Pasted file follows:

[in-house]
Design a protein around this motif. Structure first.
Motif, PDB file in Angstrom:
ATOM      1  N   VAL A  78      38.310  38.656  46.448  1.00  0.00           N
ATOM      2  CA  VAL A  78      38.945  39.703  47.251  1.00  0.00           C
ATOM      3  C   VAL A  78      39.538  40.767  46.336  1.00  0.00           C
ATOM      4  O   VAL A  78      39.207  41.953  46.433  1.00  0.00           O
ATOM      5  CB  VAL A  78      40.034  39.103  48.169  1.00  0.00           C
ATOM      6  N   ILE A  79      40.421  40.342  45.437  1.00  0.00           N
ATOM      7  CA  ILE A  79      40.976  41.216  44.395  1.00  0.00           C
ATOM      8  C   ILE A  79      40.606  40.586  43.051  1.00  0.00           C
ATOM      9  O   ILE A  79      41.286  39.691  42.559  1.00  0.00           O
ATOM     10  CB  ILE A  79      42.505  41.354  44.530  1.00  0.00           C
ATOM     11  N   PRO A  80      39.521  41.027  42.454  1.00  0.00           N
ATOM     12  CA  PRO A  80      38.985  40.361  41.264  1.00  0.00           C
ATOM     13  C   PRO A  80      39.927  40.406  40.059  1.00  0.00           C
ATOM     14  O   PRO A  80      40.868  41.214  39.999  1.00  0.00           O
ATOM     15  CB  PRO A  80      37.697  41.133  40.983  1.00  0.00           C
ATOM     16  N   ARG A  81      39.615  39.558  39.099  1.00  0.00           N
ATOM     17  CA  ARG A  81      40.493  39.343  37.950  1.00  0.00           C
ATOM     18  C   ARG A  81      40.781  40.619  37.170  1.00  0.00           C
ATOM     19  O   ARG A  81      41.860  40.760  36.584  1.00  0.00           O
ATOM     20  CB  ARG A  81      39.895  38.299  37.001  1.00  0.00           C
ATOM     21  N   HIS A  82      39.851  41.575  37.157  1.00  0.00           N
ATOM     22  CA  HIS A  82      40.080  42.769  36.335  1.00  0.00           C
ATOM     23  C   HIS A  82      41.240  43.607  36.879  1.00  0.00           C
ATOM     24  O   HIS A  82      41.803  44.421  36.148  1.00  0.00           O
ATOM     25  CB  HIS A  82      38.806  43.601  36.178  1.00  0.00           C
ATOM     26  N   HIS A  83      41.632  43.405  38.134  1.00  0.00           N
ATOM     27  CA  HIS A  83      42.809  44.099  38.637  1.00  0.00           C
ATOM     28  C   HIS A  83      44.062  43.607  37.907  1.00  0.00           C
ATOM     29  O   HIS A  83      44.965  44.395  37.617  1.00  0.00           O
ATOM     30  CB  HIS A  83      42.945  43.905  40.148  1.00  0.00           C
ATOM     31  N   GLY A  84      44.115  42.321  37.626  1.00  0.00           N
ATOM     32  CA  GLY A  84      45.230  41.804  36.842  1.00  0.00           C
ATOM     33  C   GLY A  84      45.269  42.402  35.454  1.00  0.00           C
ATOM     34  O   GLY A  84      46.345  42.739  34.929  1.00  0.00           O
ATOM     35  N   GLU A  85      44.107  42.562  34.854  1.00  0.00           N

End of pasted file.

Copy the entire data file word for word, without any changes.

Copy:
[in-house]
Design a protein around this motif. Structure first.
Motif, PDB file in Angstrom:
ATOM      1  N   VAL A  78      38.310  38.656  46.448  1.00  0.00           N
ATOM      2  CA  VAL A  78      38.945  39.703  47.251  1.00  0.00           C
ATOM      3  C   VAL A  78      39.538  40.767  46.336  1.00  0.00           C
ATOM      4  O   VAL A  78      39.207  41.953  46.433  1.00  0.00           O
ATOM      5  CB  VAL A  78      40.034  39.103  48.169  1.00  0.00           C
ATOM      6  N   ILE A  79      40.421  40.342  45.437  1.00  0.00           N
ATOM      7  CA  ILE A  79      40.976  41.216  44.395  1.00  0.00           C
ATOM      8  C   ILE A  79      40.606  40.586  43.051  1.00  0.00           C
ATOM      9  O   ILE A  79      41.286  39.691  42.559  1.00  0.00           O
ATOM     10  CB  ILE A  79      42.505  41.354  44.530  1.00  0.00           C
ATOM     11  N   PRO A  80      39.521  41.027  42.454  1.00  0.00           N
ATOM     12  CA  PRO A  80      38.985  40.361  41.264  1.00  0.00           C
ATOM     13  C   PRO A  80      39.927  40.406  40.059  1.00  0.00           C
ATOM     14  O   PRO A  80      40.868  41.214  39.999  1.00  0.00           O
ATOM     15  CB  PRO A  80      37.697  41.133  40.983  1.00  0.00           C
ATOM     16  N   ARG A  81      39.615  39.558  39.099  1.00  0.00           N
ATOM     17  CA  ARG A  81      40.493  39.343  37.950  1.00  0.00           C
ATOM     18  C   ARG A  81      40.781  40.619  37.170  1.00  0.00           C
ATOM     19  O   ARG A  81      41.860  40.760  36.584  1.00  0.00           O
ATOM     20  CB  ARG A  81      39.895  38.299  37.001  1.00  0.00           C
ATOM     21  N   HIS A  82      39.851  41.575  37.157  1.00  0.00           N
ATOM     22  CA  HIS A  82      40.080  42.769  36.335  1.00  0.00           C
ATOM     23  C   HIS A  82      41.240  43.607  36.879  1.00  0.00           C
ATOM     24  O   HIS A  82      41.803  44.421  36.148  1.00  0.00           O
ATOM     25  CB  HIS A  82      38.806  43.601  36.178  1.00  0.00           C
ATOM     26  N   HIS A  83      41.632  43.405  38.134  1.00  0.00           N
ATOM     27  CA  HIS A  83      42.809  44.099  38.637  1.00  0.00           C
ATOM     28  C   HIS A  83      44.062  43.607  37.907  1.00  0.00           C
ATOM     29  O   HIS A  83      44.965  44.395  37.617  1.00  0.00           O
ATOM     30  CB  HIS A  83      42.945  43.905  40.148  1.00  0.00           C
ATOM     31  N   GLY A  84      44.115  42.321  37.626  1.00  0.00           N
ATOM     32  CA  GLY A  84      45.230  41.804  36.842  1.00  0.00           C
ATOM     33  C   GLY A  84      45.269  42.402  35.454  1.00  0.00           C
ATOM     34  O   GLY A  84      46.345  42.739  34.929  1.00  0.00           O
ATOM     35  N   GLU A  85      44.107  42.562  34.854  1.00  0.00           N